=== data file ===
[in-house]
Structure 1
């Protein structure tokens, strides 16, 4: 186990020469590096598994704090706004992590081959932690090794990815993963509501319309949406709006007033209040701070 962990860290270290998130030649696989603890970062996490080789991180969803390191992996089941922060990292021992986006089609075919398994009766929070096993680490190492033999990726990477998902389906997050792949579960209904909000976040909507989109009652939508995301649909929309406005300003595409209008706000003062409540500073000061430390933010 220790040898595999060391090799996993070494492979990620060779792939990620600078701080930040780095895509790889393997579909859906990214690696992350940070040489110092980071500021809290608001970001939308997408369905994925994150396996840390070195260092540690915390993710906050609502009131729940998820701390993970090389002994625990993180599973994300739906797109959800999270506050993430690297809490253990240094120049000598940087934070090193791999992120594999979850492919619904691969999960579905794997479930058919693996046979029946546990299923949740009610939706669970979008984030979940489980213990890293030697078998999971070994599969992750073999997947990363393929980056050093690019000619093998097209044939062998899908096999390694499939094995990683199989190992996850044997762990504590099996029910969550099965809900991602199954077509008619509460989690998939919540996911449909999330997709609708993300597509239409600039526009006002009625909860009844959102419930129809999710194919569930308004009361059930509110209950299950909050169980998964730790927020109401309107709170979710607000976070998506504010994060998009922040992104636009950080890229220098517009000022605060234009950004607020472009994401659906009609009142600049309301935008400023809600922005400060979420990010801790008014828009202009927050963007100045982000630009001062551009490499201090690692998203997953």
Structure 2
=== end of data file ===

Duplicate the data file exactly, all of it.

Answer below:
[in-house]
Structure 1
């Protein structure tokens, strides 16, 4: 186990020469590096598994704090706004992590081959932690090794990815993963509501319309949406709006007033209040701070 962990860290270290998130030649696989603890970062996490080789991180969803390191992996089941922060990292021992986006089609075919398994009766929070096993680490190492033999990726990477998902389906997050792949579960209904909000976040909507989109009652939508995301649909929309406005300003595409209008706000003062409540500073000061430390933010 220790040898595999060391090799996993070494492979990620060779792939990620600078701080930040780095895509790889393997579909859906990214690696992350940070040489110092980071500021809290608001970001939308997408369905994925994150396996840390070195260092540690915390993710906050609502009131729940998820701390993970090389002994625990993180599973994300739906797109959800999270506050993430690297809490253990240094120049000598940087934070090193791999992120594999979850492919619904691969999960579905794997479930058919693996046979029946546990299923949740009610939706669970979008984030979940489980213990890293030697078998999971070994599969992750073999997947990363393929980056050093690019000619093998097209044939062998899908096999390694499939094995990683199989190992996850044997762990504590099996029910969550099965809900991602199954077509008619509460989690998939919540996911449909999330997709609708993300597509239409600039526009006002009625909860009844959102419930129809999710194919569930308004009361059930509110209950299950909050169980998964730790927020109401309107709170979710607000976070998506504010994060998009922040992104636009950080890229220098517009000022605060234009950004607020472009994401659906009609009142600049309301935008400023809600922005400060979420990010801790008014828009202009927050963007100045982000630009001062551009490499201090690692998203997953």
Structure 2